Non-traditional students are one of higher education’s fastest-growing groups, and with data indicating that most of these students feel unsupported, institutions are stepping up strategies to help at-risk non-traditional students meet their academic goals.
A Barnes & Noble College report reveals that non-traditional students who do not participate in extra-curricular activities, who spend minimal time on campus, who pay for school independently, and who have a negative experience with a school support system or service are more likely to be at risk of not graduating.
A previous Barnes and Noble College study of nearly 800 non-traditional students as a whole revealed that nearly twice as many non-traditional students are at risk of dropping out when compared to traditional peers.
The report notes that the number of non-traditional students is projected to increase more than twice as fast as traditional students from 2012 to 2022, according to the CLASP Center for Postsecondary and Economic Success. And because non-traditional students are among the fastest-growing student groups, this means schools face retention challenges.
Only 37 percent of at-risk students said they feel confident they will accomplish their educational goals, and 33 percent of those at risk participate in extra-curricular activities, compared to 62 percent of non-traditional students who are not at risk of not graduating.
The at-risk group spends less time on campus–10 hours per week compared to the 16 hours per week that non-traditional on-track students spend on campus.
(Next page: 5 strategies to support at-risk, non-traditional students)
At-risk non-traditional students are less likely to engage with their peers than are non-traditional students who are not at risk–35 percent compared to 68 percent.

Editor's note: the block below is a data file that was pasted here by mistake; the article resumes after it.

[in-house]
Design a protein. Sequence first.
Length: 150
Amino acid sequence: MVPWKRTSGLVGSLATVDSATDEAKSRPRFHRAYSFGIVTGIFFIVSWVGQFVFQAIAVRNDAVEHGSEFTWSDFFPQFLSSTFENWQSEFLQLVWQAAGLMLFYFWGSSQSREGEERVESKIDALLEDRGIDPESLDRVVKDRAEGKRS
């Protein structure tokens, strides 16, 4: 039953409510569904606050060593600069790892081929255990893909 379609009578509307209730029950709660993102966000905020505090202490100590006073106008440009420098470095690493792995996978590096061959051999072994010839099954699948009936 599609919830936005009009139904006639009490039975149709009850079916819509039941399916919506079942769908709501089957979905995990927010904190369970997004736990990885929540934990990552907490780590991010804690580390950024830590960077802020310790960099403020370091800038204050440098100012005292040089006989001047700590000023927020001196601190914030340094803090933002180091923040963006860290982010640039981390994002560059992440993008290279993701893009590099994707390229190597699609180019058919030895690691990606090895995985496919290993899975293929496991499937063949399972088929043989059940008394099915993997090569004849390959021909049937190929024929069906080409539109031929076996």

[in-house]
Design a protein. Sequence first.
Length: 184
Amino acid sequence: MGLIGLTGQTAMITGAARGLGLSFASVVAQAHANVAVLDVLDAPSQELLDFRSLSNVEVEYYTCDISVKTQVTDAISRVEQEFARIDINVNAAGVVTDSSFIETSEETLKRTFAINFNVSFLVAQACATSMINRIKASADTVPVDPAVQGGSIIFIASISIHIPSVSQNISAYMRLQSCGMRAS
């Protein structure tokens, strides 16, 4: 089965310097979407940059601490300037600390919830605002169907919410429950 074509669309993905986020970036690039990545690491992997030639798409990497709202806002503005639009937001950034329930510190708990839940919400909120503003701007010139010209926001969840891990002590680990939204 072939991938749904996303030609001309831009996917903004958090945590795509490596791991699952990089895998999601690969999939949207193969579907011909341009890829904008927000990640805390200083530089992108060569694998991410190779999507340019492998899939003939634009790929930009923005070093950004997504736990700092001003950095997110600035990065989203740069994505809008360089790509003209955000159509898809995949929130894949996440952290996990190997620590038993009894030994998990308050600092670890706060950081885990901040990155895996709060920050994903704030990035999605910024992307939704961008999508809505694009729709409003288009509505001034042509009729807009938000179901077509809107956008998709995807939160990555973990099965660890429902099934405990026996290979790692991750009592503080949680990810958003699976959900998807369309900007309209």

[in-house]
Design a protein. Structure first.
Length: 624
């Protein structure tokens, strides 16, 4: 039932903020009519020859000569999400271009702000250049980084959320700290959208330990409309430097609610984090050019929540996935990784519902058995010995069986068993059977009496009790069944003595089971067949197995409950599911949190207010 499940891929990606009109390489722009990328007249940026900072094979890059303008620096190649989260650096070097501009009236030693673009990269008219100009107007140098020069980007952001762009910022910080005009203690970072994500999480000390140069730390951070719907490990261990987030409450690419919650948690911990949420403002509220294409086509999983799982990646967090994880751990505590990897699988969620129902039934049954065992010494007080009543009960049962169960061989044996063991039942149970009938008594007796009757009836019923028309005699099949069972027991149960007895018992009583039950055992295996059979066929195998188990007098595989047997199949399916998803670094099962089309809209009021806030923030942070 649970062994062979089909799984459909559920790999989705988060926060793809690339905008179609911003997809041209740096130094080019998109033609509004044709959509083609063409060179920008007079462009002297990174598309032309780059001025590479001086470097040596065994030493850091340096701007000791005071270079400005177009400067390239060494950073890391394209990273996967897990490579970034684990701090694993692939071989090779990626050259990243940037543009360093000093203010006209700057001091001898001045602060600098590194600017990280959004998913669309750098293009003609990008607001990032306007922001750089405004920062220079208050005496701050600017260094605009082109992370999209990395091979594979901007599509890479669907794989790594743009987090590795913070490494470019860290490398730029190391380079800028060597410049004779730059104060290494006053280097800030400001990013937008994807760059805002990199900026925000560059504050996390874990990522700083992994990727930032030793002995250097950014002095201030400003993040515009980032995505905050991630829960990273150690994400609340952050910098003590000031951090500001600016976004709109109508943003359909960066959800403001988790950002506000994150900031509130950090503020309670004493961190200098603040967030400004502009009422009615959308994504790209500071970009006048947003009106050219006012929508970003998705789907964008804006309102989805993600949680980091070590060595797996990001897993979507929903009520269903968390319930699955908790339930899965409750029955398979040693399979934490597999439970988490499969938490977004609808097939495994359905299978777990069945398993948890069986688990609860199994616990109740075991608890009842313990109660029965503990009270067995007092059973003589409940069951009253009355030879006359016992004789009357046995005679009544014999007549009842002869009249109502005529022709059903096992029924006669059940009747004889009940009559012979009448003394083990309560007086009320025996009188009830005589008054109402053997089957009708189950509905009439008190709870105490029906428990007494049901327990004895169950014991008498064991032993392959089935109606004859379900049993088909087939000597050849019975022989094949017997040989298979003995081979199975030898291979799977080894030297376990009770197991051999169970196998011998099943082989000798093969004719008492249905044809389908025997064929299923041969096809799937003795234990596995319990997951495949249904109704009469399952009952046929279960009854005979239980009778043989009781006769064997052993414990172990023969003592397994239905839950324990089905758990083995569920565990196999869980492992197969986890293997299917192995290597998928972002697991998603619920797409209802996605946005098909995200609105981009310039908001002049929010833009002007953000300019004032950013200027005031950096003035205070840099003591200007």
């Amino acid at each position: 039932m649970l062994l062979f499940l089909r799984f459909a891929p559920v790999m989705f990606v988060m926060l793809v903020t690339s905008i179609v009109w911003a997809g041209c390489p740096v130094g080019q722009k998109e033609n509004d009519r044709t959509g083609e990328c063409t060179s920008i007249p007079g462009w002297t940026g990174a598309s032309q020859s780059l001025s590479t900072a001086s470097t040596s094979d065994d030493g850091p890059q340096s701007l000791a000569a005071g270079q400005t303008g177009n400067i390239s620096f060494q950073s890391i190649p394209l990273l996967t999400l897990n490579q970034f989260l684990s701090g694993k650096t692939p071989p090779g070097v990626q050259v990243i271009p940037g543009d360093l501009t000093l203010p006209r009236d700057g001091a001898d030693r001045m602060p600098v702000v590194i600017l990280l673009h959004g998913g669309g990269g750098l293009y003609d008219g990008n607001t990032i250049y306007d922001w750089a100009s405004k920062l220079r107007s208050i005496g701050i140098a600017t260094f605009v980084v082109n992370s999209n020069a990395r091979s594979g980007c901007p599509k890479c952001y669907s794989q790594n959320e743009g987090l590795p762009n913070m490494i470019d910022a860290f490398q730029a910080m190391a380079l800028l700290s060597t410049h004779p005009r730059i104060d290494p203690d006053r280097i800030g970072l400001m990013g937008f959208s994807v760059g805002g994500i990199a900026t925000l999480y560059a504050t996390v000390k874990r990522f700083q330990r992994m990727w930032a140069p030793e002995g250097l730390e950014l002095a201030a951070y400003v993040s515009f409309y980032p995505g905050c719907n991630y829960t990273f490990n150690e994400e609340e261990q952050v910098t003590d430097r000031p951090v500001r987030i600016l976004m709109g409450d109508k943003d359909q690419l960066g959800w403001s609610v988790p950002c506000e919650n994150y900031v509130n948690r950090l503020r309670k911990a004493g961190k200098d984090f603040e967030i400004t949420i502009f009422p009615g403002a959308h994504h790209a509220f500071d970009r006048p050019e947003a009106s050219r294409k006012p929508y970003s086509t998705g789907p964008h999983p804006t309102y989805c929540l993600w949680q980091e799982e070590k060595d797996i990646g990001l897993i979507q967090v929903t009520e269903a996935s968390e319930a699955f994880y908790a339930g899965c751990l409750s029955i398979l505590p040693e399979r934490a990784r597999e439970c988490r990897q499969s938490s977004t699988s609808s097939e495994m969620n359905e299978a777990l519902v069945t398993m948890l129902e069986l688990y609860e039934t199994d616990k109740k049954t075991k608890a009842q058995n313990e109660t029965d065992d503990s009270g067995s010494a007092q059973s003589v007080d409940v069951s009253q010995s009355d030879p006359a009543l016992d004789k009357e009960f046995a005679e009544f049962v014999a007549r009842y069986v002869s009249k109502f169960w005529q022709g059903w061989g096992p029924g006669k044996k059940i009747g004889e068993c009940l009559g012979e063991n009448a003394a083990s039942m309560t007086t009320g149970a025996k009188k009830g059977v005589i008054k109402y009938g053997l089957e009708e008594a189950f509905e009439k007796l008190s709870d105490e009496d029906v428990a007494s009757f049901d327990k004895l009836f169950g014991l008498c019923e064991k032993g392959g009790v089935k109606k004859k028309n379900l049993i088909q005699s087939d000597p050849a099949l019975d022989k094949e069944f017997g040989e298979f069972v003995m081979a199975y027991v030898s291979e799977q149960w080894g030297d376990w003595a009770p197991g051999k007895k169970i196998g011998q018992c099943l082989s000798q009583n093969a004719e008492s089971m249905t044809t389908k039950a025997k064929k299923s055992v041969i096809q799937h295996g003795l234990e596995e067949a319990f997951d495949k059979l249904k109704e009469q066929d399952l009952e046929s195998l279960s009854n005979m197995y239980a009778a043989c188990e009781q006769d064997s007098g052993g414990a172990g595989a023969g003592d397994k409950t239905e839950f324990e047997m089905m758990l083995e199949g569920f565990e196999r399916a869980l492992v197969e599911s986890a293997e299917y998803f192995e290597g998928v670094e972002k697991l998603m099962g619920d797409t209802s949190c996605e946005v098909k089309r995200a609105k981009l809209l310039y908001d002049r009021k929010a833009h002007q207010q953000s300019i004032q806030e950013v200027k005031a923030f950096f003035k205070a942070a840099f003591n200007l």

Only 3 percent of at-risk non-traditional students strongly agreed that they have friends at school, just 5 percent said they feel socially connected, and only 8 percent said they felt like they belong at their school.
This group of students also reported experiencing low levels of academic support. Less than half said they: believe faculty are available to help when they need it; feel that they have a good relationship with their academic adviser; and were satisfied with their experiences when they used tutoring services and/or academic advising.
Forty percent of at-risk non-traditional students said they emotional well-being is a challenge. Nineteen percent said they feel “happy” at school, compared to 51 percent of non-traditional students who are not at risk.
To meet the challenges that come with supporting at-risk non-traditional students, schools can use five strategies to address key needs:
1. Identify and then seek feedback on campus services from at-risk non-traditional students. Some of these students may not be aware of services, and they will require education. But, especially for those who have used services and came away with a negative perception, starting a dialogue with them may uncover opportunities for updates and improvements.
2. Help them build connections and relationships on campus. At-risk students need to feel like they belong on campus, and that other students are sharing some of the same experiences. But, they may not know how to connect with their peers. Events and activities bringing these students together can help foster those relationships.
3. Be persistent and consistent in communications. It may take more time to reach at-risk non-traditional students and get them engaged with services and activities on campus. Finding a way to get in front of them regularly and using the communications channels they prefer is key.
4. Think broader with career counseling support. At-risk non-traditional students may feel disconnected from the benefits their education can bring them. Working with them to break through negative feelings and define goals and opportunities may serve as a powerful motivator.
5. Educate students on affordable materials/learning solutions. It is particularly important that at-risk nontraditional students find the right support that they can access in the places and times that work best for them. As a population that spends less time on campus and is less engaged with their peers, they may find digital learning tools and online solutions valuable, for example.
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